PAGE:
It was over a dozen years ago that I saw my first transradial PCI. I had booked a photo shoot with Dr. Felix Millhouse at Seton Medical Center in Daly City, California, to get some shots for our web site. I did one case and was told that Dr. Millhouse was doing an urgent PCI in cath lab #2. So I went over to shoot it, but by the time I got to the lab, I was too late. I saw a man with his arm extended off the table. And Dr. Millhouse was removing his gloves. “Sorry,” he said. “We’re all done.” Continue reading
I recently was rifling through some old files of news clippings (you remember those pesky things, don’t you?) and came across a major New York Times Magazine feature from 1983. It was titled, “Toward the Conquest of Heart Disease.”
Three decades ago, as the article describes, the main treatments were surgical: valve replacement and the “far more complicated, technically demanding” bypass graft surgery. The author, Harry Schwartz, also identifies some exciting new advances in heart disease treatment: artificial hearts, heart transplants, new drugs, something called nuclear magnetic resonance (N.M.R.) that was “being used in a handful of hospitals” (today we call it MRI!). Continue reading
If you’ve been wondering what iFR (Instant wave-Free Ratio) is, how it works, how it compares to FFR (Fractional Flow Reserve) and, most importantly, how it affects clinical outcomes, then click here to register for a free, online, interactive live case being done on Monday, April 13, 2:30pm-3:30pm London Time, 9:30am-10:30am New York Time).
Interactive: that means you can ask questions!
Dr. Justin E Davies, interventional cardiologist at Imperial College NHS Trust, and developer of iFR, will be performing and guiding the worldwide audience through a live complex PCI multivessel case, using physiology to guide his procedure. Continue reading
Consumer Reports regularly publishes health information to aid the consumer/patient in making decisions. And that’s a good thing. But also important is having the most current information, which their January 27, 2015 article, titled “The surprising dangers of CT scans and X-rays,” does not.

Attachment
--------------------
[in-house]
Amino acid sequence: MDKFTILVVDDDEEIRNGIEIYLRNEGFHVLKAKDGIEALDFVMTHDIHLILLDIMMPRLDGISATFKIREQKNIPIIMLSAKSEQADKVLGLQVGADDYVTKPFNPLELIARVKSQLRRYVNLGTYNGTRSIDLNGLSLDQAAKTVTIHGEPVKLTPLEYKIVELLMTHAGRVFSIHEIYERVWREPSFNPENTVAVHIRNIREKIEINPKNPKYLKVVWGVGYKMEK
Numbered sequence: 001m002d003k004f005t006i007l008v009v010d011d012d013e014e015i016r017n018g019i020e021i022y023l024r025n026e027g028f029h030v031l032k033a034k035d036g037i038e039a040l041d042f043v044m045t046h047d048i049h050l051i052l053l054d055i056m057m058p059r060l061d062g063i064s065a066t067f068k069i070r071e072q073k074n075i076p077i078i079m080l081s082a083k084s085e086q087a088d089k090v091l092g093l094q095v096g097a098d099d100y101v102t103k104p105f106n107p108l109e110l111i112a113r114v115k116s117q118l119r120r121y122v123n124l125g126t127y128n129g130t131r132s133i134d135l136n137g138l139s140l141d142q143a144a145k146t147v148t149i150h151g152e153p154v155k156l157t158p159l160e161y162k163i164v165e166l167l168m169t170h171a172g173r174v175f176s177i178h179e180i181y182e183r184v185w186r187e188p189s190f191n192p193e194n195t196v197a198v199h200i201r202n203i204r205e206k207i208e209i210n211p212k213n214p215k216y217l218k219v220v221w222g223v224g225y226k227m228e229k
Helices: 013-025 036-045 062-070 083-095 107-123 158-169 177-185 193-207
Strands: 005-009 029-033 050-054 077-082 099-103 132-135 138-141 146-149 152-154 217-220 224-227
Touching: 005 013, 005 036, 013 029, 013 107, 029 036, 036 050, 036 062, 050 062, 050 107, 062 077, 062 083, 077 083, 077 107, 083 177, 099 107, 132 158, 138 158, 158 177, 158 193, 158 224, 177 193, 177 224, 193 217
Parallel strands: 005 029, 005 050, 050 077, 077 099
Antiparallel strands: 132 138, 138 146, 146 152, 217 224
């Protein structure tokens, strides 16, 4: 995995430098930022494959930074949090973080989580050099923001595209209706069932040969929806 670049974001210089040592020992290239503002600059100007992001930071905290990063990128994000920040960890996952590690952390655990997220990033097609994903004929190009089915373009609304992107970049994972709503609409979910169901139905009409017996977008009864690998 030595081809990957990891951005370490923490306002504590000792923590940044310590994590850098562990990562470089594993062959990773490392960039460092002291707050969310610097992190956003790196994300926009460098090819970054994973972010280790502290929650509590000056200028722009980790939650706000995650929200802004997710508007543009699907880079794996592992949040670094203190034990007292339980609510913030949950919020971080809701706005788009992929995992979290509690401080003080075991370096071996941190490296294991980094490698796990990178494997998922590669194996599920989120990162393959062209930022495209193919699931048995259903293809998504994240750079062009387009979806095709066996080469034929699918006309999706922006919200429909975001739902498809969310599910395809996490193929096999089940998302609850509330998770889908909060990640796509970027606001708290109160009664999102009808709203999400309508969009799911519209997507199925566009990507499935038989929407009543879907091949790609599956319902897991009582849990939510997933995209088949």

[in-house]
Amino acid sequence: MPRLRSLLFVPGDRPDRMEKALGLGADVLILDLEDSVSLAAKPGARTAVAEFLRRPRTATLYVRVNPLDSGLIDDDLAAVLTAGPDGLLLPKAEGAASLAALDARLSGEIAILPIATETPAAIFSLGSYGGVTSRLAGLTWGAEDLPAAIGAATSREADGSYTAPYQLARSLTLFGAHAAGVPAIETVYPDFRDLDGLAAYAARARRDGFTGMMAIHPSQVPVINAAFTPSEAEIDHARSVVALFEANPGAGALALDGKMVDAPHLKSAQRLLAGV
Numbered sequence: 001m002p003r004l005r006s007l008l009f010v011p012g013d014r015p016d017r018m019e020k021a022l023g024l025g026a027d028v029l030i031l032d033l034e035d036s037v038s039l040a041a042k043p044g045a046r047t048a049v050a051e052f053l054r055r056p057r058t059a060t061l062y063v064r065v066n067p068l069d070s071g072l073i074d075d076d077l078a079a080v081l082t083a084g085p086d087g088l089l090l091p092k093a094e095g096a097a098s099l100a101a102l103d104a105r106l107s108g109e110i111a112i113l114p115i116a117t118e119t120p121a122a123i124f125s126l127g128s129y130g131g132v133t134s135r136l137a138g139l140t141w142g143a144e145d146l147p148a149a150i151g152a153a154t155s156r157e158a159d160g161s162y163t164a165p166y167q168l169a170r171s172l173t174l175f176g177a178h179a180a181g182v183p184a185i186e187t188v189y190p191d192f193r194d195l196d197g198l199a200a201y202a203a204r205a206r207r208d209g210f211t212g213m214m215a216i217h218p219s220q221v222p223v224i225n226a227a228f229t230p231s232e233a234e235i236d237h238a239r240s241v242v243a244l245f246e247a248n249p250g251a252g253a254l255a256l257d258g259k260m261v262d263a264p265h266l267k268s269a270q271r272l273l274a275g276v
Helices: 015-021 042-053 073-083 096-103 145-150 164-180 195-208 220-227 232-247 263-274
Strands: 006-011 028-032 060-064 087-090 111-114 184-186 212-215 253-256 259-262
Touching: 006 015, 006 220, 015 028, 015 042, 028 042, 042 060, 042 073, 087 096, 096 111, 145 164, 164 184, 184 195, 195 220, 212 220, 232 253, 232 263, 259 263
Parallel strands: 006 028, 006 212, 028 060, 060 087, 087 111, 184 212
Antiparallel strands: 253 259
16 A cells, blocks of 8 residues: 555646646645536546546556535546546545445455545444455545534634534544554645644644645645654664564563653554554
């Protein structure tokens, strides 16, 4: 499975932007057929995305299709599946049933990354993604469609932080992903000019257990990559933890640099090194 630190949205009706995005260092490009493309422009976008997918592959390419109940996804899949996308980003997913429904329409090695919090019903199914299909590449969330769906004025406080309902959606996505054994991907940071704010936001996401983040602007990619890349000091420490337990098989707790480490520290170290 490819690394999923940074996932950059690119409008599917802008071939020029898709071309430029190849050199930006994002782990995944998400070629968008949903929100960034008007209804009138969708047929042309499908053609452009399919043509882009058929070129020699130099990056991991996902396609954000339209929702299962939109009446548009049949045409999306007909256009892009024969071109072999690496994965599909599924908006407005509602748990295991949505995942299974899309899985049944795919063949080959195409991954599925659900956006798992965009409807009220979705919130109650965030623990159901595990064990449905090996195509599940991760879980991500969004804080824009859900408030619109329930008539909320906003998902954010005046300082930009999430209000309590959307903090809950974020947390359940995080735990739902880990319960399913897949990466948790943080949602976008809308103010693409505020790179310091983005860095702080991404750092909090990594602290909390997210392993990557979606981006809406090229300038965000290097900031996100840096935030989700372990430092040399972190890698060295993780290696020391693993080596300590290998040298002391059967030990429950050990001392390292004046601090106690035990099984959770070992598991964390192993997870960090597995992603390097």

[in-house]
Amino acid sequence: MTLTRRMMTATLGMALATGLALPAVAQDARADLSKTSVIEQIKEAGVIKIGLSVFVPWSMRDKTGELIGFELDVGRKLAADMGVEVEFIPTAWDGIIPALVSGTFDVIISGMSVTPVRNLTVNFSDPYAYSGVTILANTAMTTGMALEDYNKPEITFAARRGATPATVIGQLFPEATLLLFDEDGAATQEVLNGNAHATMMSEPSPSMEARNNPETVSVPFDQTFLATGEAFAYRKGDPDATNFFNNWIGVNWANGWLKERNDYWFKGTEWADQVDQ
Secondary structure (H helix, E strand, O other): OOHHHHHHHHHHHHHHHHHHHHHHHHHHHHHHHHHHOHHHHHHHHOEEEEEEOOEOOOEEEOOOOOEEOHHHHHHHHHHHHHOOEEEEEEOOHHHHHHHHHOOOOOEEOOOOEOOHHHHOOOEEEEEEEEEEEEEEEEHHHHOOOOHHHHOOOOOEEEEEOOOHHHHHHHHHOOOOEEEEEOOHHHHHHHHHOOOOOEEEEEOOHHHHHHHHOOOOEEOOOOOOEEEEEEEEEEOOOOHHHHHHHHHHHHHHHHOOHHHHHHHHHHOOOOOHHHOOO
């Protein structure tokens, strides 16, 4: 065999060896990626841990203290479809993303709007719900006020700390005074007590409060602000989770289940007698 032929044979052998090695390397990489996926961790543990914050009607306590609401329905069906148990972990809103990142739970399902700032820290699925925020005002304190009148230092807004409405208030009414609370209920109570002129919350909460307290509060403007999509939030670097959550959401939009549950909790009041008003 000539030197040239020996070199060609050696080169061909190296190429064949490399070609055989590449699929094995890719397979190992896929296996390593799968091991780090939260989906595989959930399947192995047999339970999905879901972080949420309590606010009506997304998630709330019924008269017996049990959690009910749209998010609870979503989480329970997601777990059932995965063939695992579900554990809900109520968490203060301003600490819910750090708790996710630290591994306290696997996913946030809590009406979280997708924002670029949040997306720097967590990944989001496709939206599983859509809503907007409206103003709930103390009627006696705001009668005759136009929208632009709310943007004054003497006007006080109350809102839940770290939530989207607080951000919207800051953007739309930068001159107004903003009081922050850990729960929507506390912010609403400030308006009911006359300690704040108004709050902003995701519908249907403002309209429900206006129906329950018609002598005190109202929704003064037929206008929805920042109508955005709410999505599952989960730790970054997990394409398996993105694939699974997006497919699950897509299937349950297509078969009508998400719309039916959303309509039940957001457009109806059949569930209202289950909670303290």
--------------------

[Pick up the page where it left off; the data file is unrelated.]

All of the cautions about imaging tests that are listed in the Consumer Reports article are valid: ask why the test is necessary; check the credentials of the imaging specialist; ask for the lowest effective dose; avoid unnecessary repeat scans.
But one important piece of data is almost a decade old and, as a result, is potentially misleading. I’m talking about the radiation dose from a Cardiac CT scan. The article states that a Cardiac CT Angiogram (CTA) exposes the patient to 12 mSv of ionizing radiation, or 120 times that of a chest X-ray. This was true years ago, when CTA was first being used to diagnose coronary artery disease. But it is not true today. Continue reading
Last week saw the U.S. Centers for Medicare and Medicaid Services (CMS) approve reimbursement for the two drug-coated balloons that recently were approved by the FDA: C. R. Bard’s Lutonix and Medtronic’s IN.PACT.
C. R. Bard’s Lutonix drug-coated balloon (DCB) was approved in October 2014, while Medtronic’s IN.PACT Admiral was approved in January of this year. Both devices have shown superior results when compared to uncoated balloons (a.k.a. “plain old balloon angioplasty” or POBA). Continue reading
The lyrics of the 1923 song go like this: “Who’s sorry now, who’s sorry now? / Whose heart is achin’ for breakin’ each vow?”
And today, it was the American Board of Internal Medicine (ABIM) who said they were sorry for breaking the hearts of all the cardiologists in the U.S. of A.
They wrote specifically: “We got it wrong and sincerely apologize. We are sorry.” Continue reading
Today’s the day that The National Board of Physicians and Surgeons (NBPAS) officially launches. Briefly stated, it’s an alternative certification organization, set up by Dr. Paul Teirstein and a group of physicians, mostly cardiologists, who strongly objected to the Maintenance of Certification assessment track established by the American Board of Internal Medicine (ABIM).
You can read more about it in my post from last week, “Scalpel…Suture…Suction…Pencil?” and in Dr. Teirstein’s New England Journal of Medicine article, titled “Boarded to Death — Why Maintenance of Certification Is Bad for Doctors and Patients.”
I’ll be following the progress of this initiative, but a few recent articles and developments bring up some interesting points. Continue reading